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Love and all that Cr@p
The Hope Theatre
10th July 2016

★★★★☆

Oliver Retter as Ollie

Photography provided by OCD Theatre

When you wear your heart on your sleeve so openly, life can be difficult. Let's face it, putting yourself out there is an act of bravery which doesn't always guarantee the outcome you deserve. As for Ollie (Oliver Retter), he wears his heart around his neck, a chalkboard indicating where exactly we are in this fast-paced, high-energy, coming-of-age story of his. His emotions are never hard to read; a roller coaster of excitement, happiness, despair, angst and acceptance. Written and performed by Retter himself, Love and all that Cr@p follows Ollie through his formative teenage years. He may not know all the answers, but he shares with us what he's learned so far.

For several reasons, the most obvious being the name choice of the protagonist, I suspect Love and all that Cr@p is at least in part autobiographical. It's certainly told from a very believably personal perspective, with Ollie sharing all his ever-changing hopes and dreams with us. His inner monologue is raw, poetic and honest, frequently punctuated by a big jazzy musical number. Amongst others, he belts out West End favourite I Feel Pretty and B-movie cult classic Touch-A, Touch-A, Touch Me. Using well-known songs to convey Ollie's emotions allows us to understand what he's going through at each stage whilst still keeping the tone as light-hearted as possible.

The segue into each of Retter's song choices is always timed well. We find ourselves so busy laughing at what is essentially a dramatised version of an over-excited boy dancing in front of the mirror with a hairbrush that it takes a while for it to sink in that Retter's vocals are actually quite strong. It's easy to be distracted by Retter's confident and over-the-top dance moves, however musical director Adam Weeks for the most part does a fine job in controlling Retter's wild energy and shaping this into a surprisingly emotional performance. Apart from a few rough early notes, Retter's vocals are excellent.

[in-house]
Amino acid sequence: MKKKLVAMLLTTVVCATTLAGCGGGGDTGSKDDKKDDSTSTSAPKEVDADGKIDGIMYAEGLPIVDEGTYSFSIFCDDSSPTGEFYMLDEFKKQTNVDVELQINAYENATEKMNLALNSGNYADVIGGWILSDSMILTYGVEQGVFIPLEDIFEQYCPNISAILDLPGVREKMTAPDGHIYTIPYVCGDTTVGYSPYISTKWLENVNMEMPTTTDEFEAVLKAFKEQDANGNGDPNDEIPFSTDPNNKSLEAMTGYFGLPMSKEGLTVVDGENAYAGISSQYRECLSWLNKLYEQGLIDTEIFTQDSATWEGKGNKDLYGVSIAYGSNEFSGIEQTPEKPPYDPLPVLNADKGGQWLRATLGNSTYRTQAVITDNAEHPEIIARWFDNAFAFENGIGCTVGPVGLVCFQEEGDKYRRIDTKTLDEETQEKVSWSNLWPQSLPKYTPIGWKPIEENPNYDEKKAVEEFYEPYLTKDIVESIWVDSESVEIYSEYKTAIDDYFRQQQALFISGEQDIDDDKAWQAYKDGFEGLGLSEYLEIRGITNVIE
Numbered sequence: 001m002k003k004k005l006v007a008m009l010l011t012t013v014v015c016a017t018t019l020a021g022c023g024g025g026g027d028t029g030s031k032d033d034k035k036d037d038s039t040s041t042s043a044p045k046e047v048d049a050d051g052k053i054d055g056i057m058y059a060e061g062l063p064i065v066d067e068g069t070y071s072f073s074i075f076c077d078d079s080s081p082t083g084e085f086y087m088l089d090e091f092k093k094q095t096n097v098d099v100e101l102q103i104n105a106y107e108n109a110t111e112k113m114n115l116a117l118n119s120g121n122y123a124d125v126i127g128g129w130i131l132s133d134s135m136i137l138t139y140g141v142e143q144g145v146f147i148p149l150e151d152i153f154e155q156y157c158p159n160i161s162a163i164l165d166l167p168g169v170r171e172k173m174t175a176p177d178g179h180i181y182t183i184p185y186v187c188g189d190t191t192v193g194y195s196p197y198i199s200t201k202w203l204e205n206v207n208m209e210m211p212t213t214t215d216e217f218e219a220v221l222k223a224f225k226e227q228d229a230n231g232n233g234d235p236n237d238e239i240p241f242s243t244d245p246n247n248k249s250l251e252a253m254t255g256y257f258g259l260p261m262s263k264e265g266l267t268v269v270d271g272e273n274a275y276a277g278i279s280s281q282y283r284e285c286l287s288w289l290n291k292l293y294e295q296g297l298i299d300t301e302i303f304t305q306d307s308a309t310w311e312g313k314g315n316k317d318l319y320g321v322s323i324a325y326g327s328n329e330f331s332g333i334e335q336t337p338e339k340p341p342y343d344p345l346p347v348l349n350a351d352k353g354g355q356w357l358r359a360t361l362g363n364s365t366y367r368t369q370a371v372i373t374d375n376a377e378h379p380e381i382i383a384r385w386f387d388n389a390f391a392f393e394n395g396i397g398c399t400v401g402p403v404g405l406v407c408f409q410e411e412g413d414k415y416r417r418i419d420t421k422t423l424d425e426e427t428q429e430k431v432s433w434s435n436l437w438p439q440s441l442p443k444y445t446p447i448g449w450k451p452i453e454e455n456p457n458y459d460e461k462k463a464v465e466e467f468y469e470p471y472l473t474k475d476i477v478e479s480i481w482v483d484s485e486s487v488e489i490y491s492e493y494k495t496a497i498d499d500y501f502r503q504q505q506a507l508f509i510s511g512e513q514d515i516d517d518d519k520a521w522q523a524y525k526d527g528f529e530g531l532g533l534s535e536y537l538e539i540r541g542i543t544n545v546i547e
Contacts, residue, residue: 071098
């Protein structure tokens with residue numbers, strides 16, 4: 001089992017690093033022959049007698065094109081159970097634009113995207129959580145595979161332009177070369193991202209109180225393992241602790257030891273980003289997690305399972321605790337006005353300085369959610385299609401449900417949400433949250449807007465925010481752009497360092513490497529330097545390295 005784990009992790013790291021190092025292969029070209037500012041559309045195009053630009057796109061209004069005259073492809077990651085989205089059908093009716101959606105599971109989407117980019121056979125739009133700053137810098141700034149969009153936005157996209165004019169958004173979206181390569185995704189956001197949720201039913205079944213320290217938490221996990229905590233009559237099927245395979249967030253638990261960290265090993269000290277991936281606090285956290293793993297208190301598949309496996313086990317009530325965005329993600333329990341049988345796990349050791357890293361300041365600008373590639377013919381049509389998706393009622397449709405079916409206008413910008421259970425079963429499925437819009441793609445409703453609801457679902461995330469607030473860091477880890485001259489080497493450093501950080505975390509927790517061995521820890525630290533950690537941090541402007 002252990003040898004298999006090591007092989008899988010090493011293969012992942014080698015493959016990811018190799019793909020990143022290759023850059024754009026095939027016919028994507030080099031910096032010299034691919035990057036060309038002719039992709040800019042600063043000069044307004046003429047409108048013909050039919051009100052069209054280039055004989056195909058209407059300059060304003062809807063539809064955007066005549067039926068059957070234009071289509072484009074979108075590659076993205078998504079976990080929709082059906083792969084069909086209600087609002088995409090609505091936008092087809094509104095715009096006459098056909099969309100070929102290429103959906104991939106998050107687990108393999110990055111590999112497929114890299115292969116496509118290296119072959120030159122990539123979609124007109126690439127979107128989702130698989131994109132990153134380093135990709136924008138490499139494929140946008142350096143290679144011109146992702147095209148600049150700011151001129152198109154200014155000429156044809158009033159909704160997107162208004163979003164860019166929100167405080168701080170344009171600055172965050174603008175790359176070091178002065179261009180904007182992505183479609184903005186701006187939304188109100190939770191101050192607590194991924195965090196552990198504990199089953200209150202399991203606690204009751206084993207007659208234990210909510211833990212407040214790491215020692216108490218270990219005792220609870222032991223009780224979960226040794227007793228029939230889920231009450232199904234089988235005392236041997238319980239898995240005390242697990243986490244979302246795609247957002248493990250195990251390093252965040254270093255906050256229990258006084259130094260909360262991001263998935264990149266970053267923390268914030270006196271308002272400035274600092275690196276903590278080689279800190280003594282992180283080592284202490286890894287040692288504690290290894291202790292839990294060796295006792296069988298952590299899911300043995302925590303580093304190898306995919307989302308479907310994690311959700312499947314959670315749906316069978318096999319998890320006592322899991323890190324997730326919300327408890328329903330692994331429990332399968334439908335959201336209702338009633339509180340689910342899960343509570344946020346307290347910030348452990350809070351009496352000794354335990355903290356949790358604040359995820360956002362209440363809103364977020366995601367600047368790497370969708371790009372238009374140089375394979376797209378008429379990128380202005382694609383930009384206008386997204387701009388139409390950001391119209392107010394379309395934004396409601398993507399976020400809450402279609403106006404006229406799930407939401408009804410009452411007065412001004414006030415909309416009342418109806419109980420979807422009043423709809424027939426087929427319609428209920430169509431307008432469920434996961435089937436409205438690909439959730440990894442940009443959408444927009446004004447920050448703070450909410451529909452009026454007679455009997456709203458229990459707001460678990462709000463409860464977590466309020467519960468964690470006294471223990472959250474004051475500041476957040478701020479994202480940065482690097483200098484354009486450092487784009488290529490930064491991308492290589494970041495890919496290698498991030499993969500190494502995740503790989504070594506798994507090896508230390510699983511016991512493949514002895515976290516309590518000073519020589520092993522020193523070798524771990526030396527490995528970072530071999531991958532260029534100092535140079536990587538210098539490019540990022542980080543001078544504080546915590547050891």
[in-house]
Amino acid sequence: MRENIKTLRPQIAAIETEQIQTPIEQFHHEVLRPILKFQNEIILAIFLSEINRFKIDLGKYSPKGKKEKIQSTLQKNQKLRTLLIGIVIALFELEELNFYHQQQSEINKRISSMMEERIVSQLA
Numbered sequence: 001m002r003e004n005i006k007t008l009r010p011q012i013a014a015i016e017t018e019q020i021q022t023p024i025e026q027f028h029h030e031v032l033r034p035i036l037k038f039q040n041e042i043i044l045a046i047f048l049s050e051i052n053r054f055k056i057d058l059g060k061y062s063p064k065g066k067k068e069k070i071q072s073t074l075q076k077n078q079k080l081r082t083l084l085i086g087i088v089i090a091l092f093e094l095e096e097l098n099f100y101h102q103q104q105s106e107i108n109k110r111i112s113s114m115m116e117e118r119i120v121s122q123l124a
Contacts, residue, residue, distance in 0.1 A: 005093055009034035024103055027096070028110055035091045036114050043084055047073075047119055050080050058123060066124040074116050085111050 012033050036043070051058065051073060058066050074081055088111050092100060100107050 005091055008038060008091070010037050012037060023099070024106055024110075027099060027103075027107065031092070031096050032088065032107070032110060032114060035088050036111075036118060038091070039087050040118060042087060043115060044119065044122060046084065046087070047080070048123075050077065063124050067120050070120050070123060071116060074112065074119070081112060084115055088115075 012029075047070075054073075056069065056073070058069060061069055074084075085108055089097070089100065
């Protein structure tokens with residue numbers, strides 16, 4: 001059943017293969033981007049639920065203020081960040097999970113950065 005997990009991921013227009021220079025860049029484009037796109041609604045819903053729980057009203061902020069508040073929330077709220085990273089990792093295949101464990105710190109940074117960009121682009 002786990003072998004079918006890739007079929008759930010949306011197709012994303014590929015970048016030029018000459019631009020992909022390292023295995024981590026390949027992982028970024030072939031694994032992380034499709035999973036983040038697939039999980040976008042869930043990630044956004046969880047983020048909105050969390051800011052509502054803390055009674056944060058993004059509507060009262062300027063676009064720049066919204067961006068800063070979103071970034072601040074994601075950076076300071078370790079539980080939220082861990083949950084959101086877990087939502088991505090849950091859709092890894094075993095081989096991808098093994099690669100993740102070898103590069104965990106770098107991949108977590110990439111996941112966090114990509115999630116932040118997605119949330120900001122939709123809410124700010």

Although Ollie is so upbeat he verges on irritatingly happy (oh yes, he's one of "those" people), this doesn't prevent him from making the odd throwaway acerbic remark. His comments on what isn't acceptable in a relationship are not only entertaining but make for witty call-backs. There is some poignancy towards the end, with Ollie sharing some of the more unpleasant defining moments in his life, letting us into all the bad he's lived through as well as the good. Suddenly the laughter stops and there are quite a few sniffles from the audience, who seem to be caught off-guard by the sudden shift in tone.

Love and all that Cr@p is a thoroughly joyful and camp coming-of-age story packed full of glitter, balloons and exuberance. What Retter lacks in budget he certainly makes up for with pure imagination, with a variety of interesting props chosen wisely for maximum impact. His interactions with the audience reinforce the intimacy of the piece, make good use of the thrust layout and are received well. At 50 minutes straight through, it's a relatively short whirlwind look at Ollie's life so far and a great deal of fun. We've only seen the start of Ollie's life - we hope there's more from Retter on stage to follow.

Love and all that Cr@p opened on 10th July and runs until 11th July 2016 at the Hope Theatre.

Nearest tube station: Highbury & Islington (Overground, Victoria)



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